China is implementing higher standards on imports of recycled material via its ‘Operation Green Fence’ policy, which is forcing western countries to have higher standards in what materials they export.

Speaking to edie, DS Smith national commercial manager Tim Price said the industry has to be forward thinking in developing new markets and quality is a key part of that.

He added: “We welcome the developments in China with their green fence policy. It comes back to what is important to us, not just as collectors of the material but reprocessors of the material. We have a vested interest in the quality of the material that we process because it finds its way back into our own production processes. We apply that quality for the export market as well.

“It is not just about the green fence in China, it is also about their commitment to increase their domestic recycling rates. This is going to have a big impact on end markets because if it is successful it is going to placate their appetite for material processed in Europe.”

The news comes as the packaging and recycling specialist recently announced that it will be bringing its packaging, paper, plastics and recycling businesses together under one brand.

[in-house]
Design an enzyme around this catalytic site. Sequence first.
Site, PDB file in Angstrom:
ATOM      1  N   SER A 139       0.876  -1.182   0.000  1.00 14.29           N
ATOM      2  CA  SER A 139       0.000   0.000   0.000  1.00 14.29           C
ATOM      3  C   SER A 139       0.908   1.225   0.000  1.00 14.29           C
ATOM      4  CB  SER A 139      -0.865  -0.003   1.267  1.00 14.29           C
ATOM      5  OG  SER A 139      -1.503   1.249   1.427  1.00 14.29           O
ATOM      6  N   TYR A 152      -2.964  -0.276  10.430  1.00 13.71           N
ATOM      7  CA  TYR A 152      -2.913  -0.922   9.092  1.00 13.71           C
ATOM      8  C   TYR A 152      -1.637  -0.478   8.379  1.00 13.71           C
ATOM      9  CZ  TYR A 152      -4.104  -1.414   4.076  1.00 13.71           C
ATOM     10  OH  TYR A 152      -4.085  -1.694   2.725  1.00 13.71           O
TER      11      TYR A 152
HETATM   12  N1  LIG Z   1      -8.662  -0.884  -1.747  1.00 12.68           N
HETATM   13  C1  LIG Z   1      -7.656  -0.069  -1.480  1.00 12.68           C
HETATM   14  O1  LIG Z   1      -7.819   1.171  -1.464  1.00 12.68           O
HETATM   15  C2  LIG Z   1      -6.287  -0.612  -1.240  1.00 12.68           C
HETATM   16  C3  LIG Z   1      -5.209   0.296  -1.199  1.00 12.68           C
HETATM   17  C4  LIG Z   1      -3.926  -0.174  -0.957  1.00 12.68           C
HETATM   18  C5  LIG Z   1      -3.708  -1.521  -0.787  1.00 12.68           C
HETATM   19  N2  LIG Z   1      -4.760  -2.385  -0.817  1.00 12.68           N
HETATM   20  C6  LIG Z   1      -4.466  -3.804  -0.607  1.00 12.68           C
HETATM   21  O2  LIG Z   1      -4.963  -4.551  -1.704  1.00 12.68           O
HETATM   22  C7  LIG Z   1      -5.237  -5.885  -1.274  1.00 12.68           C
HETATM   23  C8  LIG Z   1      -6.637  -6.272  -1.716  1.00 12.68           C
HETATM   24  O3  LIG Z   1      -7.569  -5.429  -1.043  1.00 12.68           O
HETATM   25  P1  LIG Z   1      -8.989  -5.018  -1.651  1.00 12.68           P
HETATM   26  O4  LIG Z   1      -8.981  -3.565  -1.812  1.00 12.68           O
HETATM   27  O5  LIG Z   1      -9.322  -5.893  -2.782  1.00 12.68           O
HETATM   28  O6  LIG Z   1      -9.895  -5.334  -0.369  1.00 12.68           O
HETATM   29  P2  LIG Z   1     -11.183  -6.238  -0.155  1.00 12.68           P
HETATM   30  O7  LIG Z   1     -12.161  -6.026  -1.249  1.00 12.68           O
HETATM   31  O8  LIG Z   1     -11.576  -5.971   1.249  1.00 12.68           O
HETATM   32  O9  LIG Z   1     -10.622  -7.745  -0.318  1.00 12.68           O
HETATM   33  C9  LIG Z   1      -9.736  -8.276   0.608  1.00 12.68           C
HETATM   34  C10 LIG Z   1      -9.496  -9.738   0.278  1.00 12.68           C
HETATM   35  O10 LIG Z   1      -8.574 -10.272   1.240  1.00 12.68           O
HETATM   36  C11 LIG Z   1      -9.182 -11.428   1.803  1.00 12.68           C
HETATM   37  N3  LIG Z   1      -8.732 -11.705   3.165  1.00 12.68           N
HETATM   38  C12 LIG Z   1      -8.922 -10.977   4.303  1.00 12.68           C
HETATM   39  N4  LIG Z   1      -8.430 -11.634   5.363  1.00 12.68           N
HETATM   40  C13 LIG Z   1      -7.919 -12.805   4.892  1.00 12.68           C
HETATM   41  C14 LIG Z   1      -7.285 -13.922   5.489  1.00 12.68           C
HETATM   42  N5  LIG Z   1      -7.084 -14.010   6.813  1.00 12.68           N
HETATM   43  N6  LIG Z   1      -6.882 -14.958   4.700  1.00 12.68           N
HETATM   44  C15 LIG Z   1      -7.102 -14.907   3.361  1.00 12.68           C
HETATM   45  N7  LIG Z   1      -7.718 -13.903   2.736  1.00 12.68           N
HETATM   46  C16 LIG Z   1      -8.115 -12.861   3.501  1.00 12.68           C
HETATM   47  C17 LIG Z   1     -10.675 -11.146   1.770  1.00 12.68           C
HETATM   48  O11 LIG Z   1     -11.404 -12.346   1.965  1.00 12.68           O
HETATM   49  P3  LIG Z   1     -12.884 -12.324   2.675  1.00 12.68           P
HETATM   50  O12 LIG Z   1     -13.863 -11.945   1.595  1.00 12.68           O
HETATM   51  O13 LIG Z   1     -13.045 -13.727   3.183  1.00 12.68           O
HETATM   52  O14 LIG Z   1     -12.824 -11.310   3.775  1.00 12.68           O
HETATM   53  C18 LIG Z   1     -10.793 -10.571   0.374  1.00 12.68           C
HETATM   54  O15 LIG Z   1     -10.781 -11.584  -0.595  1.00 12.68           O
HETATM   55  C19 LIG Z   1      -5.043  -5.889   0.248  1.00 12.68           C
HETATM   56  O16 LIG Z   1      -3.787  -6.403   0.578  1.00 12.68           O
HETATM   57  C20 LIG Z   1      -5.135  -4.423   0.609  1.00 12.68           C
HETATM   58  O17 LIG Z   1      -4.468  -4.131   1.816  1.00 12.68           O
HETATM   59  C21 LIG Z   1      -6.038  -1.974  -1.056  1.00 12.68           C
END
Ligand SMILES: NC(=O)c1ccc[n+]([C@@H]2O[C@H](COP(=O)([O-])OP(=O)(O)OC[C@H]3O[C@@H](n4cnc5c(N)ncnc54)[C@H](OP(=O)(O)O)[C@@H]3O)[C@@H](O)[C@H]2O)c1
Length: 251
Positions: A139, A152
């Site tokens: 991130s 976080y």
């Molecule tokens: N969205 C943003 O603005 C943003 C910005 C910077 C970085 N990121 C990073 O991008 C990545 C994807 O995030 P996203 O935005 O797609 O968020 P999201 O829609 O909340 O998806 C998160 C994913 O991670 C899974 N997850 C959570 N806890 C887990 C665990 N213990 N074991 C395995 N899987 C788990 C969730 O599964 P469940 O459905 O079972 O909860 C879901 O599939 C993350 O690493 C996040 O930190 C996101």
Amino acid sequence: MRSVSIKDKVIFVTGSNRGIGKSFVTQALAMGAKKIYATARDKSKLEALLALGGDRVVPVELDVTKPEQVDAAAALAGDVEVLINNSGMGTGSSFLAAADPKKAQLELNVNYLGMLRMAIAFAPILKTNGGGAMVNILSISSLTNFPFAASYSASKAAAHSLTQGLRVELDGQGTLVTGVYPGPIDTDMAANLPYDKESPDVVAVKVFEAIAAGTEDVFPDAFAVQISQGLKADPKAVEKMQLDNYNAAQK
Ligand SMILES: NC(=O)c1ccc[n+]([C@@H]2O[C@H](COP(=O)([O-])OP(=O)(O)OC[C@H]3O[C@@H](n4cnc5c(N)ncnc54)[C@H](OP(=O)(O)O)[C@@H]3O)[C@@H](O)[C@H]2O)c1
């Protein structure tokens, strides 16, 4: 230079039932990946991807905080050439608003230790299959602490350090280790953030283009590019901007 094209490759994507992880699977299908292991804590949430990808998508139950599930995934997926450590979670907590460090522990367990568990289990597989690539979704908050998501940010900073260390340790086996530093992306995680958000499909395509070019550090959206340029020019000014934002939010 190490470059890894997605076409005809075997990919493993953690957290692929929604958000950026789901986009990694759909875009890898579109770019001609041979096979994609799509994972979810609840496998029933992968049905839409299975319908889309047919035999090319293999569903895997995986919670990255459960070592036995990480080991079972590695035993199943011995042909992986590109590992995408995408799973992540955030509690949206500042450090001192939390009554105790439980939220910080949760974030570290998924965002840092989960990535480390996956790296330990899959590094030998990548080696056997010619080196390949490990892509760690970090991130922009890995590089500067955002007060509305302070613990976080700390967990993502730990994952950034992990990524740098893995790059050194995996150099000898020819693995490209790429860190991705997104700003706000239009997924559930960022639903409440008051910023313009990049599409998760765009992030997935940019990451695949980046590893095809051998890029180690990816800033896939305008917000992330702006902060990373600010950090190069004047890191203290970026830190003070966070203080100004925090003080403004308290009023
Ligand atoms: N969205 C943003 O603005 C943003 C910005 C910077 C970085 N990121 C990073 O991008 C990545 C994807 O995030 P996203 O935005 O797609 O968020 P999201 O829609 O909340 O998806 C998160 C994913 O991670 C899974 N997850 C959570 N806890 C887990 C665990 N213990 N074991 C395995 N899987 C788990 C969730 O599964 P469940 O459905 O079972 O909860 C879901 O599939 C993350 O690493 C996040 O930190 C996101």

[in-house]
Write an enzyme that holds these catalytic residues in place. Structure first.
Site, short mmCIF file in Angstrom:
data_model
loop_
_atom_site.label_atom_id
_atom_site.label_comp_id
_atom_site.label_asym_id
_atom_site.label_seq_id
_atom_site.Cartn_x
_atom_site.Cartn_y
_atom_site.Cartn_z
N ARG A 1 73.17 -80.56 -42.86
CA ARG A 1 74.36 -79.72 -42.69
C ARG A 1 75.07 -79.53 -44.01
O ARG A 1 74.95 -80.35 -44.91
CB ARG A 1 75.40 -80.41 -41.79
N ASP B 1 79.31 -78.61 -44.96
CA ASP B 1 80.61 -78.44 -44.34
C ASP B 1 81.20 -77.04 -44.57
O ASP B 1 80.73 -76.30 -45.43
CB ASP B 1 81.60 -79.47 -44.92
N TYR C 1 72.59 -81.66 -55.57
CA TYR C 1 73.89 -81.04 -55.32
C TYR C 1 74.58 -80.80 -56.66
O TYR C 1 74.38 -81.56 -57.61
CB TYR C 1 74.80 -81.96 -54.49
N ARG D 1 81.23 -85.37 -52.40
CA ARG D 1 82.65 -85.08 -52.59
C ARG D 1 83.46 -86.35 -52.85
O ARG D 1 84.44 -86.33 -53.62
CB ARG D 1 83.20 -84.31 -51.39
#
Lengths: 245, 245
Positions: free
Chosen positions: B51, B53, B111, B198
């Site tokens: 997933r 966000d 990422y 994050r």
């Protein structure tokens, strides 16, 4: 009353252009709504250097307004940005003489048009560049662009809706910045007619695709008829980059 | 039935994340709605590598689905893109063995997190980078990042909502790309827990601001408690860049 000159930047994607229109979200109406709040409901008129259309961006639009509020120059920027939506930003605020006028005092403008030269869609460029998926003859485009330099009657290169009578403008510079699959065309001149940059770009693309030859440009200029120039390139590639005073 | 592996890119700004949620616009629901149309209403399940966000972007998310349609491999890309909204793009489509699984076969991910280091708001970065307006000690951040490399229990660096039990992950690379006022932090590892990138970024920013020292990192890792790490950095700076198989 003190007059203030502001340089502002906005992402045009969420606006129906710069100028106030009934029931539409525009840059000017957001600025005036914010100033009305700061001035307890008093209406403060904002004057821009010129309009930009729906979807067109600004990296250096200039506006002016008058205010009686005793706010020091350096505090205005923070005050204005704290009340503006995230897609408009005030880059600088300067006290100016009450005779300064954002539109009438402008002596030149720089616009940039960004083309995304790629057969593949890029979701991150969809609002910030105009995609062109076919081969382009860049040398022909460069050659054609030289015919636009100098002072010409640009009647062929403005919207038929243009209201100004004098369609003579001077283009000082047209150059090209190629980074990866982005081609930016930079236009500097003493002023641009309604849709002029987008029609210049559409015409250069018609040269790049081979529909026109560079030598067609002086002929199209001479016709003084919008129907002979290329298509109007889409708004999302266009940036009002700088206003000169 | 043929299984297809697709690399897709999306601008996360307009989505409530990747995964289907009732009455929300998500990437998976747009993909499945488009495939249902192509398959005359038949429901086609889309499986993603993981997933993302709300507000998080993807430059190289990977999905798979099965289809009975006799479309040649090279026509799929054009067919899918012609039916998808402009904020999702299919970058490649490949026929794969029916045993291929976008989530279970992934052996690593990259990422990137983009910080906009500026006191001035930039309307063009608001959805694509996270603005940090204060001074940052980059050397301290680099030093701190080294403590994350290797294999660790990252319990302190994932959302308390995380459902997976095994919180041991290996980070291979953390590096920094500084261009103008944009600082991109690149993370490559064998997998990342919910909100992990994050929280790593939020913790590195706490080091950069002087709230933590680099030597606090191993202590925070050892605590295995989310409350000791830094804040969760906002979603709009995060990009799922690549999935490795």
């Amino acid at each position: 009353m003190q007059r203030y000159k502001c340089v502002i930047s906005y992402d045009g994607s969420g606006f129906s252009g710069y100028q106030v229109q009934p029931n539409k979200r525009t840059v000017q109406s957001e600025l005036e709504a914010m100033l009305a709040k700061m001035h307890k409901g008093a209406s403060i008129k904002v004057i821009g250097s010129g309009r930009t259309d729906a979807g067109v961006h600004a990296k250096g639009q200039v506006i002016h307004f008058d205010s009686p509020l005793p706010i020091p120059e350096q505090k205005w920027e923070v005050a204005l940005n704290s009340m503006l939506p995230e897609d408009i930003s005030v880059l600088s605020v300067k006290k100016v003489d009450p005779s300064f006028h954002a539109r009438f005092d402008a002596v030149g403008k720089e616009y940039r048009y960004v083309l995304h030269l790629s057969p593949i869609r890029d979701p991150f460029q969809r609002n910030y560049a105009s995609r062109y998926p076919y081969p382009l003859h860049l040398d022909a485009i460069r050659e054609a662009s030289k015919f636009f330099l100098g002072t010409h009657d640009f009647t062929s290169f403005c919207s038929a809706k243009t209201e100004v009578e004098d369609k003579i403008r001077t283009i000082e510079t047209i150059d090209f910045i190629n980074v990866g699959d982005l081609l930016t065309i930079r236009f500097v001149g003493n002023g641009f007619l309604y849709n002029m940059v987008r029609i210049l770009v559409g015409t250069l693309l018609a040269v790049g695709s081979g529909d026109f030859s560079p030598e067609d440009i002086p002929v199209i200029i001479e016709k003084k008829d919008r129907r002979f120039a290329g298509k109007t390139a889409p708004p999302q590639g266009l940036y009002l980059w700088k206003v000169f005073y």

The company said that the move will create a “unified corporate identity2, with its focus set to shift to the “supply cycle” with an emphasis on sending zero waste to landfill. It has also pledged to ensure that materials are used as efficiently as possible across all of its operations.

All DS Smith operations, including DS Smith Packaging, DS Smith Paper and DS Smith Recycling will be known as DS Smith in future.

The move comes 18 months after DS Smith acquired Swedish firm SCA Packaging, making it one of the largest integrated paper and packaging firms in the UK and Europe.

DS Smith European commercial director Mathew Prosser said the SCA integration was “going well” and also said that the firm was now a pan-European business.

He explained that DS Smith had branched out to the Czech Republic, which complemented its operations in Poland, Slovakia, Hungary, Italy, France, Germany and Austria.

Speaking about waste trends and the waste industry working more closely together in the future, Prosser told edie: “As waste arisings drop in the municipal sector, I think there is going to be more of a collaborative approach to merging tonnage. This will be done to satisfy the financial requirements that financial institutions are looking at for continuity of supply, in order to invest in infrastructure. I think that it is important that industry plays its part in this. We will also play our part as responsible members of the sector.”

Liz Gyekye


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